Also be sure you do thorough research into your product, and into your customer too. Morton sees too many value-adders who don’t really understand who their customer is.

It helps if you go through a process to put your thinking into actual words. “It’s important to understand what problem it solves,” Morton says. Develop a value proposition, he recommends. This is a single sentence that explains why someone would want to buy your product.

Such a statement will help keep you on track, Morton says, and it will be a touchstone for making critical marketing decisions, such as packaging and points of sale.

4. Underestimating the complexity of value adding

Value adding requires a different skill set than primary production. “Be prepared for a big learning curve,” says Janet Horner, a hog farmer who ran a full-service catering company for 30 years. Horner currently serves as executive director of the Golden Horseshoe Food and Farming Alliance for Greater Toronto, which has a goal of growing the second-largest food cluster in North America through a collaboration of municipalities, farmers, researchers and the food industry.

Value adding often requires skills that farmers don’t already have, such as direct marketing, social media, customer service and human resource management, explains Horner. “Farmers are great ‘do-it-yourself’ folks who can usually find a way to fix anything around the farm, but that may not apply to a value-added business. You may need to hire technical expertise in food science or technology.”

Says Horner: “Many farmers are comfortable with a barn full of livestock but should never deal directly with people.”

5. Not scheduling downtime

With two enterprises on the go, especially if one of them is dealing with the public or direct marketing, there can be a tendency to work seven days a week. But watch out. It can be a recipe for trouble, cautions Horner. She recommends scheduling at least one day a week when you can renew your energy.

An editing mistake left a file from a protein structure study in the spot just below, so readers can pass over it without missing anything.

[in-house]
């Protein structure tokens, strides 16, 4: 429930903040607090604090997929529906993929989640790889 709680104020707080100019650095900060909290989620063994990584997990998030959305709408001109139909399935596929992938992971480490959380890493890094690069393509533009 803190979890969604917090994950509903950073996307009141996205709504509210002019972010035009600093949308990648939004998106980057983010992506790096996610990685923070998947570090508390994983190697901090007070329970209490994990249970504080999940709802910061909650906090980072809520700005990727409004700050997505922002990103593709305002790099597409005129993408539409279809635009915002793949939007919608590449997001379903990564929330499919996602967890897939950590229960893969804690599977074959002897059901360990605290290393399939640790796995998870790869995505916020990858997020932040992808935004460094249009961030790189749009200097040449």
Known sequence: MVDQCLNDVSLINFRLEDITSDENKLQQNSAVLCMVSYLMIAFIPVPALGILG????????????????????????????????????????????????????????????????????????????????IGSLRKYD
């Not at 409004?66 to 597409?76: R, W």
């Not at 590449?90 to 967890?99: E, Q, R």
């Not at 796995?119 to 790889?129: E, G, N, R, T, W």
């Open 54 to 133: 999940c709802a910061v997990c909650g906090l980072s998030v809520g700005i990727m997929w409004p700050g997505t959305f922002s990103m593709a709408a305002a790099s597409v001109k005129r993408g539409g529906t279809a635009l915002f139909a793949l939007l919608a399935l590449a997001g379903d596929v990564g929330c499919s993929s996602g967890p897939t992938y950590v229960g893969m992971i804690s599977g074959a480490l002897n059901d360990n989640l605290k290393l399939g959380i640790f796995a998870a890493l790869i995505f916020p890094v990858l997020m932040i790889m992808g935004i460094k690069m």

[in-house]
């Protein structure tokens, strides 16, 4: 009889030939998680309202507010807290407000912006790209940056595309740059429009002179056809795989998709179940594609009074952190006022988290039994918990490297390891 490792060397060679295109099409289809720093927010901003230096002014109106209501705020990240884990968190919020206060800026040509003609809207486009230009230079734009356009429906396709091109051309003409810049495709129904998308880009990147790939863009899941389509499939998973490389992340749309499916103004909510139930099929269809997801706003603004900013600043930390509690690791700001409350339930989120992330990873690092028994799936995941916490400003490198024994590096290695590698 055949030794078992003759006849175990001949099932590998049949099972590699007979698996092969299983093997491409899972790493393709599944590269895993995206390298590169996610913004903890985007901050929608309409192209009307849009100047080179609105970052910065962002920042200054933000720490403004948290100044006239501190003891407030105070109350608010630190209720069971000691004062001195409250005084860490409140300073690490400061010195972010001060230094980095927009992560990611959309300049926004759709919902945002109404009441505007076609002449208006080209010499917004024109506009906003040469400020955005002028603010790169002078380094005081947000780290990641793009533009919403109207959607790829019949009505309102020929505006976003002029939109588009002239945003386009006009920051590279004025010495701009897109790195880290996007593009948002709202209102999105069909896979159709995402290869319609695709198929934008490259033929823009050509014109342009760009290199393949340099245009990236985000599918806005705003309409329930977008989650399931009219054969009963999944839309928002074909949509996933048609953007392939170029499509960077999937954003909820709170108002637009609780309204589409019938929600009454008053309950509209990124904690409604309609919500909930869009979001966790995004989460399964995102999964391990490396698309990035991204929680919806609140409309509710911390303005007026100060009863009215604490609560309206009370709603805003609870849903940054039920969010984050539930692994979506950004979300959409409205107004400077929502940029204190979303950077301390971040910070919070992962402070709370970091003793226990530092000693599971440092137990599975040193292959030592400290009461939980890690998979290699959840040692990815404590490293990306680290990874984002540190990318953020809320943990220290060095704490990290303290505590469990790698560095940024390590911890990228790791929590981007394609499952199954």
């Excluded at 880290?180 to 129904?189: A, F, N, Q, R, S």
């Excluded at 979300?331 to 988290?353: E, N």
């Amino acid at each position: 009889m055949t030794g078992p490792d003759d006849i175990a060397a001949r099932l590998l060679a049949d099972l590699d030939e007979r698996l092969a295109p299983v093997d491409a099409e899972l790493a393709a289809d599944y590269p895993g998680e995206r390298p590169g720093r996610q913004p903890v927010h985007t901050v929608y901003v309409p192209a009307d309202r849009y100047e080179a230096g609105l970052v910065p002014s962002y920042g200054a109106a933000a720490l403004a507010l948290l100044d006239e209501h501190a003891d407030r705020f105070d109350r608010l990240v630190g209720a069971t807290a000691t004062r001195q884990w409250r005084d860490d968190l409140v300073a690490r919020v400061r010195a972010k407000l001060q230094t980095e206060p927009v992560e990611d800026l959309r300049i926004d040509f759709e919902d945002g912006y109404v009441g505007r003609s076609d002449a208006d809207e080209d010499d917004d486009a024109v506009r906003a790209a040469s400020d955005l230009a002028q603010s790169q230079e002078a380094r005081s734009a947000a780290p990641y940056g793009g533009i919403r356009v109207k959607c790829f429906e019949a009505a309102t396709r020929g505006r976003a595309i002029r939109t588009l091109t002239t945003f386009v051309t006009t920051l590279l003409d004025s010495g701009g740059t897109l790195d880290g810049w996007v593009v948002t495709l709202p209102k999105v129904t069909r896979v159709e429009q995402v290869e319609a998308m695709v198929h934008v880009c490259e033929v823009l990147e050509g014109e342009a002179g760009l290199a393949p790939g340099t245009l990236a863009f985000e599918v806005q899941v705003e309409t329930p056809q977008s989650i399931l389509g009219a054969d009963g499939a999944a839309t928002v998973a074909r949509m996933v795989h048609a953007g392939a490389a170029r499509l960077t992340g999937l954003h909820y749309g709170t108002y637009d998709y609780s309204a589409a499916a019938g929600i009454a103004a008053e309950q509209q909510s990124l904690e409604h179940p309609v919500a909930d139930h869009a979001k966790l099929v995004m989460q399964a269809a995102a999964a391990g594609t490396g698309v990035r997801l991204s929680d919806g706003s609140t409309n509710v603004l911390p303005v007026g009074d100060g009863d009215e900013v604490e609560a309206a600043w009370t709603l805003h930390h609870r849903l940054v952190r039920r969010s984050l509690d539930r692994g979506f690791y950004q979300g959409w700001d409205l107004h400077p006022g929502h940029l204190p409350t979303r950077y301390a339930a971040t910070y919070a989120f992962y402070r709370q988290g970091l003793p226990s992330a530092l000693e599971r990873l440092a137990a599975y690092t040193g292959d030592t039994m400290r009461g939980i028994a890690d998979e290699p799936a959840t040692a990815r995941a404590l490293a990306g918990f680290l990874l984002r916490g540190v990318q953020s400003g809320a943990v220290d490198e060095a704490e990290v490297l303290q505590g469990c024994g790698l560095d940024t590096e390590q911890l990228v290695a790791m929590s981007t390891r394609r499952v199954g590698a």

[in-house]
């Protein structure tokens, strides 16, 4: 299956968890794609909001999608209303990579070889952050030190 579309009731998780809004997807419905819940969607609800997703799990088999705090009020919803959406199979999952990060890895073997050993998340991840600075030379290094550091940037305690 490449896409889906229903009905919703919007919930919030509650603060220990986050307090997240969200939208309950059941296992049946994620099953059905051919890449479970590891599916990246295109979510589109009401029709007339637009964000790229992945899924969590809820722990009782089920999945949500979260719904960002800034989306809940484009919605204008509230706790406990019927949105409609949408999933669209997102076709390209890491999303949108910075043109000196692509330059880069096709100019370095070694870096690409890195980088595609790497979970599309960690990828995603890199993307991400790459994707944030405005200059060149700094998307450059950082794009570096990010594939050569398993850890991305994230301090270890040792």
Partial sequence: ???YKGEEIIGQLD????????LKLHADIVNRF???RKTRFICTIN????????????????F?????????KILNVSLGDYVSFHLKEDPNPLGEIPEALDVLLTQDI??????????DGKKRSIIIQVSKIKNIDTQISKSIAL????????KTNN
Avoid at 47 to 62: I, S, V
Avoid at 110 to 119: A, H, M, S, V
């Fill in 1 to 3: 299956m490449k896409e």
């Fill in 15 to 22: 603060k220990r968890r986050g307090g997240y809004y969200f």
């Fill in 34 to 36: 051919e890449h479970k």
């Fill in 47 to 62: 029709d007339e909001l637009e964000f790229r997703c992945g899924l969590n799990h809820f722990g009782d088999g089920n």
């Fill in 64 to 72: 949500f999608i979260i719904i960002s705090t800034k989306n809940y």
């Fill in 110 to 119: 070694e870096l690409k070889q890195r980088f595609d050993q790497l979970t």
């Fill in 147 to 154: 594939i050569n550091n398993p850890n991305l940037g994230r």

6. Not having a plan for how to get out

Many value-added operations are located on-farm, but this can be a problem when you want to sell, says Horner. “If you try to sell the operation, you’ll be selling a business that includes primary production, the secondary business and your home.”

Farmers may be wise to locate the value-added operation away from your home farm, she says.

7. Not knowing when to pull the plug

Even if you do the market research and spend the necessary time and money to develop your product, your value-added business may not be successful, says Horner. “Know when to pull the plug before you drain your original enterprise. Have qualified advisers, and keep them informed of your business successes and failures.”

Biggest value — add blunders “online”

Rebecca Ruddle is vice-president of social media management at a boutique social media company called Succinct Social Media in Toronto. The company specializes in farm and ranch-based businesses. (Ruddle hails from a farm in Creemore, Ont., while the company founder is from a farm in Claresholm, Alta.) Below, Ruddle shares the big tech mistakes farmers and value-adders make:

  1. Having a dated website that’s hard to navigate and doesn’t adjust to mobile devices.
  2. Not realizing the importance of having a presence on social media. Ruddle says it’s the best way to connect to people including new prospects, as well as bloggers and journalists who will write about your product. “It’s also the first place people will go to contact you with praise or problems — social media has become crucial for customer support.”
  3. Pushing product with social media. Your website is your store, Ruddle says. Social media are for interacting. “Social platforms are for people to engage with you and get to know you so they will trust you. Use your authentic voice and have fun.”

About the author


Helen Lammers-Helps

Freelance Writer